Yesterday, MDN told you about Chesapeake Energy’s major announcement that they will reduce capital spending on dry natural gas, or methane-only production, by 70 percent this year (see this MDN story). Chesapeake is also shutting down 9 percent of their domestic production, some 0.5 billion cubic feet of natural gas per day, which represents 1.5 percent of the entire natural gas output in the U.S. The result is predictable—less supply and steady demand equals higher prices. And that’s just what happened:
Natural gas, the worst-performing commodity in 2012, rose for a third day in New York after Chesapeake Energy Corp., the second-largest U.S. producer, said it will cut production and reduce spending.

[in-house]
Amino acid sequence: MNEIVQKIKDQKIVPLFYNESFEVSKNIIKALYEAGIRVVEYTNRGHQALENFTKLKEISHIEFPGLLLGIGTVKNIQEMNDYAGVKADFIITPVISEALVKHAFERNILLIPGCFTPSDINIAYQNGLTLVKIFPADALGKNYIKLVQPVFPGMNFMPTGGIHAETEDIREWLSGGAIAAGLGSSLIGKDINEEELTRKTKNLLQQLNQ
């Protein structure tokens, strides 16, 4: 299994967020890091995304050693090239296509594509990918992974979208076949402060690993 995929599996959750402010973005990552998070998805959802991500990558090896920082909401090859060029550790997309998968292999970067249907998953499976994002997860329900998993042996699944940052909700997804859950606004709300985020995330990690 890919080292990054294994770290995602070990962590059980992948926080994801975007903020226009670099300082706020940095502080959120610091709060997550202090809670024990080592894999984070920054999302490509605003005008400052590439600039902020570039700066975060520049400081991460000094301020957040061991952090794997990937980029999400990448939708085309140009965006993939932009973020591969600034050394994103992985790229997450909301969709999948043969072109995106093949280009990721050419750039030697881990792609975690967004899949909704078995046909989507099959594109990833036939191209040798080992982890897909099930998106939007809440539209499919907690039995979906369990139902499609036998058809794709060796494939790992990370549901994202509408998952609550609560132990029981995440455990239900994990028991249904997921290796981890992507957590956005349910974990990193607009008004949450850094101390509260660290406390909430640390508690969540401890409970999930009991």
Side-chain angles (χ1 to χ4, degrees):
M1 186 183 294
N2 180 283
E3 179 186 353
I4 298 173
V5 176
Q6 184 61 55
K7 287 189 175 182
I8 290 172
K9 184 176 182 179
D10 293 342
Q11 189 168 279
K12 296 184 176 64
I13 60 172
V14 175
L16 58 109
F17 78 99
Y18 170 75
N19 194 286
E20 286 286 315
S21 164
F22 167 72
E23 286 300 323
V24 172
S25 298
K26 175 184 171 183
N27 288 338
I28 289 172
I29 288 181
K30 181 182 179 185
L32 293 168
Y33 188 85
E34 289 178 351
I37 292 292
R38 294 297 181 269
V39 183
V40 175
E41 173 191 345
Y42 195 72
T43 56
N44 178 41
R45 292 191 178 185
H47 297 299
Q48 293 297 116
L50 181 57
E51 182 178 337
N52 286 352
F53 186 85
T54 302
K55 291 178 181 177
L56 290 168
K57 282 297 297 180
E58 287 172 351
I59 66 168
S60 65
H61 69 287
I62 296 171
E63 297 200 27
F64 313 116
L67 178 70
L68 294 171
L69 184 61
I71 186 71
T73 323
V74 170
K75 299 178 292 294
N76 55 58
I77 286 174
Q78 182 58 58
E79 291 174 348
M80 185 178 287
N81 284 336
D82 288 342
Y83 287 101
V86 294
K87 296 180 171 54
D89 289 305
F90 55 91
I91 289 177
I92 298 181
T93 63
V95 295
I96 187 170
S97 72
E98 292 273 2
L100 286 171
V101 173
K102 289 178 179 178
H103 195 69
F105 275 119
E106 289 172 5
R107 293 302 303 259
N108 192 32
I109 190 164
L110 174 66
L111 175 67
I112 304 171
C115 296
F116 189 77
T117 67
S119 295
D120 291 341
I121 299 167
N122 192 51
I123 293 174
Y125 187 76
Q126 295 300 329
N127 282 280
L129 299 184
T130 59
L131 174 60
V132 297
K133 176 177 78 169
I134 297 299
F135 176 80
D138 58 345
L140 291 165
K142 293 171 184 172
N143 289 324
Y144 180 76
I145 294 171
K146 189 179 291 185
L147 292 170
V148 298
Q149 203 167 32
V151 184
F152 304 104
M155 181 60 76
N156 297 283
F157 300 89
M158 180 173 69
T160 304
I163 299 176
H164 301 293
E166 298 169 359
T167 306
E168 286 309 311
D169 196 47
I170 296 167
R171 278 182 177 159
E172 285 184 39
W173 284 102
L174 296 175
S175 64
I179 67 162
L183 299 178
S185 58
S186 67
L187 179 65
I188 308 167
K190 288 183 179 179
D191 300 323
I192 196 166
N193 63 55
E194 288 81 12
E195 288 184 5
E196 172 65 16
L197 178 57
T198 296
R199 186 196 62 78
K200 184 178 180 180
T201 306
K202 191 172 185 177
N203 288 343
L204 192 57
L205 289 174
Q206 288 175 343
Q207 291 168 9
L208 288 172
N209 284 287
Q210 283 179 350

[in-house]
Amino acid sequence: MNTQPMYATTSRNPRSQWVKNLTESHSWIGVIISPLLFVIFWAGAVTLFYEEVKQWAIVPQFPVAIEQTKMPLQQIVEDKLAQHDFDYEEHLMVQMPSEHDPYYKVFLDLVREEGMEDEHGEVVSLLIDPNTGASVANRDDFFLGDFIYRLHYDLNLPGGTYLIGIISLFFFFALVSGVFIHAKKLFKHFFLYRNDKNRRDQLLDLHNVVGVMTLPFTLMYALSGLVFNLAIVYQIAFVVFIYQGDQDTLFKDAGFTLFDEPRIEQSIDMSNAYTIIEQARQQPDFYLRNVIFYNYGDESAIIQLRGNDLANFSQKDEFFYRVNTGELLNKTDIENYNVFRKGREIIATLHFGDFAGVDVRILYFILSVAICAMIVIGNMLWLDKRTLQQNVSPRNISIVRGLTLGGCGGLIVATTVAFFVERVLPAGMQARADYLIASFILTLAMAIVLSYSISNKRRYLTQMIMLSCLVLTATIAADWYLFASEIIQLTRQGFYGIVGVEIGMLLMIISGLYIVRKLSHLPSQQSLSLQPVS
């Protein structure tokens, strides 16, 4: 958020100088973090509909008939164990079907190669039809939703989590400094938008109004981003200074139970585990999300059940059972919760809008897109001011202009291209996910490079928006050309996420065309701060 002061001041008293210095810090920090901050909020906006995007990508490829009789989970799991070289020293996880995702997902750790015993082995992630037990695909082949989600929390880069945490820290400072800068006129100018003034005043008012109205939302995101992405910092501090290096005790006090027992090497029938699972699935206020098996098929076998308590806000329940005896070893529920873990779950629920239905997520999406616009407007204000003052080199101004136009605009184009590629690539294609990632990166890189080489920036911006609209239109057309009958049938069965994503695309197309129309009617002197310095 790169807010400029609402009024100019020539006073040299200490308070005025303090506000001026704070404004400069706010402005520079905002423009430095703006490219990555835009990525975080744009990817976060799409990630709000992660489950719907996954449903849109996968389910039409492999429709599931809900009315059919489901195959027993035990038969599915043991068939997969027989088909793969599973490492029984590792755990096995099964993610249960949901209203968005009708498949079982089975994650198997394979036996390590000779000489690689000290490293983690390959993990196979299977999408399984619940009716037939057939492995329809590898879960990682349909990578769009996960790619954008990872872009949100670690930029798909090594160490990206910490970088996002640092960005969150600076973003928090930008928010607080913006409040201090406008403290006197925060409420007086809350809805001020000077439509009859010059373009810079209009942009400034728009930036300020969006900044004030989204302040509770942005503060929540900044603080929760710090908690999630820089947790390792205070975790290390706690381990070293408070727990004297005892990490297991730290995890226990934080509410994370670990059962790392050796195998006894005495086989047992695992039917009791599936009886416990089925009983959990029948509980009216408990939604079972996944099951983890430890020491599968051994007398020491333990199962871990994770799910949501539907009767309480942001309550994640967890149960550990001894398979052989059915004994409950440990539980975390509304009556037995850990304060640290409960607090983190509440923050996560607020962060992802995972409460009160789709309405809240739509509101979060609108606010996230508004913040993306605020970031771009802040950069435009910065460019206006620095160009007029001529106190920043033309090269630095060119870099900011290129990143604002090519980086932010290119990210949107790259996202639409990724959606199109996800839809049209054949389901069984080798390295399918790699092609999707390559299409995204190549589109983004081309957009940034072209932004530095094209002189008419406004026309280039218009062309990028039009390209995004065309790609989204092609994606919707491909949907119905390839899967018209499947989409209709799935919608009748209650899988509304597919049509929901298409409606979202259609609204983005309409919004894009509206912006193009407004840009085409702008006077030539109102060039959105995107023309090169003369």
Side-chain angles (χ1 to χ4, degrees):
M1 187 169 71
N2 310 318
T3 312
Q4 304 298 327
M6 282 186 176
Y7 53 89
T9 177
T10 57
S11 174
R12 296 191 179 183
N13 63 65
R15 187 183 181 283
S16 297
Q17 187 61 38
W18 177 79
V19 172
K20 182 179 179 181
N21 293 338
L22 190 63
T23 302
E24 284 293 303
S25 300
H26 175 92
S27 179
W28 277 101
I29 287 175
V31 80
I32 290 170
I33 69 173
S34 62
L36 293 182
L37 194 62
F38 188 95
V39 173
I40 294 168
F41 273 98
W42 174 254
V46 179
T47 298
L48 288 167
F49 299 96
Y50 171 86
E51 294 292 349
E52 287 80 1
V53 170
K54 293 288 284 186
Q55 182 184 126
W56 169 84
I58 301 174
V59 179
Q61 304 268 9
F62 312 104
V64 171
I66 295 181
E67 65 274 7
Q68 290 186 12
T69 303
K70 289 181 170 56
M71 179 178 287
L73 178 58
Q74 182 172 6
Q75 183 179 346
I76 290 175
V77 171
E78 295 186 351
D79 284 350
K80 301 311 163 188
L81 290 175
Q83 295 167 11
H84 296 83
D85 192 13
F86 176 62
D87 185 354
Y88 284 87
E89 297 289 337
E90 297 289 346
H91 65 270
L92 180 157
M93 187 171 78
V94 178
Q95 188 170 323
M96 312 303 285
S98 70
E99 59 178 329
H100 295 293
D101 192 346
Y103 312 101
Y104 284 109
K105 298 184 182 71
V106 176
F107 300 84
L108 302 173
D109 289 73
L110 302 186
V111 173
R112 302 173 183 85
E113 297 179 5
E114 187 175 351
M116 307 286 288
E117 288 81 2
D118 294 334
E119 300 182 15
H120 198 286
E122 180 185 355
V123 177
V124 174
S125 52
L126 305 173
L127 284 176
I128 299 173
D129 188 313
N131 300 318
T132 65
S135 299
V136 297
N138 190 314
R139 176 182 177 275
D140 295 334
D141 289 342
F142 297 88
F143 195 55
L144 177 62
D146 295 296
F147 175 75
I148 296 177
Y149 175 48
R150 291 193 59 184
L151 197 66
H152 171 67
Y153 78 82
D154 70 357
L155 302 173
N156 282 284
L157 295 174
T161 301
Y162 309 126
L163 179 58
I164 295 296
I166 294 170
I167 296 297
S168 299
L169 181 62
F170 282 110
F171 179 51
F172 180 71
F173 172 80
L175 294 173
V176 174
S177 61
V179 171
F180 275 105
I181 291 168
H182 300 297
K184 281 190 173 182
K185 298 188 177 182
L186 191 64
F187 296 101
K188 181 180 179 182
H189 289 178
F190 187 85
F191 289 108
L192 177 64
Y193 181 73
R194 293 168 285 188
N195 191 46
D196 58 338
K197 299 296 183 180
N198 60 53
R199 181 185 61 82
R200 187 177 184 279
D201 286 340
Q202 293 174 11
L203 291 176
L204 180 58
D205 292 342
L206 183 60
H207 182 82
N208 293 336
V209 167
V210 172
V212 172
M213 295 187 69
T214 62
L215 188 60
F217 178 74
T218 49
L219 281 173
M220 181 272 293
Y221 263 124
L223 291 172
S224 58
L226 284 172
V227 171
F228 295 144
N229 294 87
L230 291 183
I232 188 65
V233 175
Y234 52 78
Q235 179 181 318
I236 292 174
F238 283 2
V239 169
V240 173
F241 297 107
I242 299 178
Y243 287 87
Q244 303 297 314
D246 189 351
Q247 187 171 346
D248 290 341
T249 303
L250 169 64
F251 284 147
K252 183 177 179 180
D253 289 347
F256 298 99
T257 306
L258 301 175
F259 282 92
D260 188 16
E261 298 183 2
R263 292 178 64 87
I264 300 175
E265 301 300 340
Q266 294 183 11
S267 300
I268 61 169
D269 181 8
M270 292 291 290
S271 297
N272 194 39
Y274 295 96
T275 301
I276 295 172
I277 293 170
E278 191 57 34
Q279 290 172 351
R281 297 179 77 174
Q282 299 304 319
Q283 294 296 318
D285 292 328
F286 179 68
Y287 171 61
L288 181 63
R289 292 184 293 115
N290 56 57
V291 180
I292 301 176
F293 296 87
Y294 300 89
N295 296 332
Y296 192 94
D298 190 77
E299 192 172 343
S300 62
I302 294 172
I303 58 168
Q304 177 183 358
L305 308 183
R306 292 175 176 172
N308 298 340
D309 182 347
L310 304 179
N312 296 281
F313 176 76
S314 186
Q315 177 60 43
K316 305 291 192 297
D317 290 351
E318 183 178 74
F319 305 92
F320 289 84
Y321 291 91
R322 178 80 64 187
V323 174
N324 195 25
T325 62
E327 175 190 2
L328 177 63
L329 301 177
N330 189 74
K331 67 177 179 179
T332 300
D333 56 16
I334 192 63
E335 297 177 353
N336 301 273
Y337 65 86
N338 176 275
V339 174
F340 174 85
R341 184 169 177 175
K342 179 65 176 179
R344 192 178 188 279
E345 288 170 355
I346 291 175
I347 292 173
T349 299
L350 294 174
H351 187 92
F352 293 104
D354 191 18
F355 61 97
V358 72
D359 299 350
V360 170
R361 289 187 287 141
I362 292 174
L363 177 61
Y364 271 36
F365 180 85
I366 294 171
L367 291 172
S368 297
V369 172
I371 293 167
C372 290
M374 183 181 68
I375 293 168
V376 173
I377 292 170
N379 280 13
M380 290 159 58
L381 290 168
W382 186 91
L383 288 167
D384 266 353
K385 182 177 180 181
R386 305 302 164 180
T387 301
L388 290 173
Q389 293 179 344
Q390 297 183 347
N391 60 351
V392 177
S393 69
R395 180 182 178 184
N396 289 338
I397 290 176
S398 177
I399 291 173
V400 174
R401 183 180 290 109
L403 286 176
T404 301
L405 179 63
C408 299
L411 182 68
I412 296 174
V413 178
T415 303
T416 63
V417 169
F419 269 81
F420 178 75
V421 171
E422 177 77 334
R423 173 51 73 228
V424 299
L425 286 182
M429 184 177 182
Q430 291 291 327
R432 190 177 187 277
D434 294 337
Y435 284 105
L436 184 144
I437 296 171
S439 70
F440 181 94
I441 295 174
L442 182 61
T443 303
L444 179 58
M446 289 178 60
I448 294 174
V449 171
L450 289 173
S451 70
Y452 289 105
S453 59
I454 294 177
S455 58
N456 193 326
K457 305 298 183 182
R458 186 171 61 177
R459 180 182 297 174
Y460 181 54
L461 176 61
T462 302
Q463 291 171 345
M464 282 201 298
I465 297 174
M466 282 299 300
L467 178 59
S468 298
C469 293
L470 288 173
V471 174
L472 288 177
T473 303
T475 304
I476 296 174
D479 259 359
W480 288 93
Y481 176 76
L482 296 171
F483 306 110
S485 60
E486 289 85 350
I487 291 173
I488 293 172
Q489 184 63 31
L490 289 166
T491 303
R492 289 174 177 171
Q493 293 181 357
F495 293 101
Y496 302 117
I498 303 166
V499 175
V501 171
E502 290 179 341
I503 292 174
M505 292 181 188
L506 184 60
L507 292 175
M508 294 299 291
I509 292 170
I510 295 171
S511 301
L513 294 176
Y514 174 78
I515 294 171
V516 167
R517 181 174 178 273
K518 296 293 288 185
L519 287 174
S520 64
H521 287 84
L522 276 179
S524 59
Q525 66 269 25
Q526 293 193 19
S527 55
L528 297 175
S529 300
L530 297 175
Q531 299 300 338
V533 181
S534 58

Futures climbed as much as 2.6 percent after surging 7.8 percent yesterday when Chesapeake said it will “immediately curtail” output of 500 million cubic feet a day and lower planned investment in gas fields by 70 percent from 2011 levels to $900 million. Hedge funds and other large speculators last week cut bets that gas would fall as it traded at its lowest levels since 2002, a government report showed.*
The question is, will this trigger a long-term rally of natural gas prices? Or is it just a short-term blip? Calling George Soros!
*The Washington Post/Bloomberg (Jan 24, 2012) – Natural Gas Rises a Third Day on Chesapeake Plans to Cut Output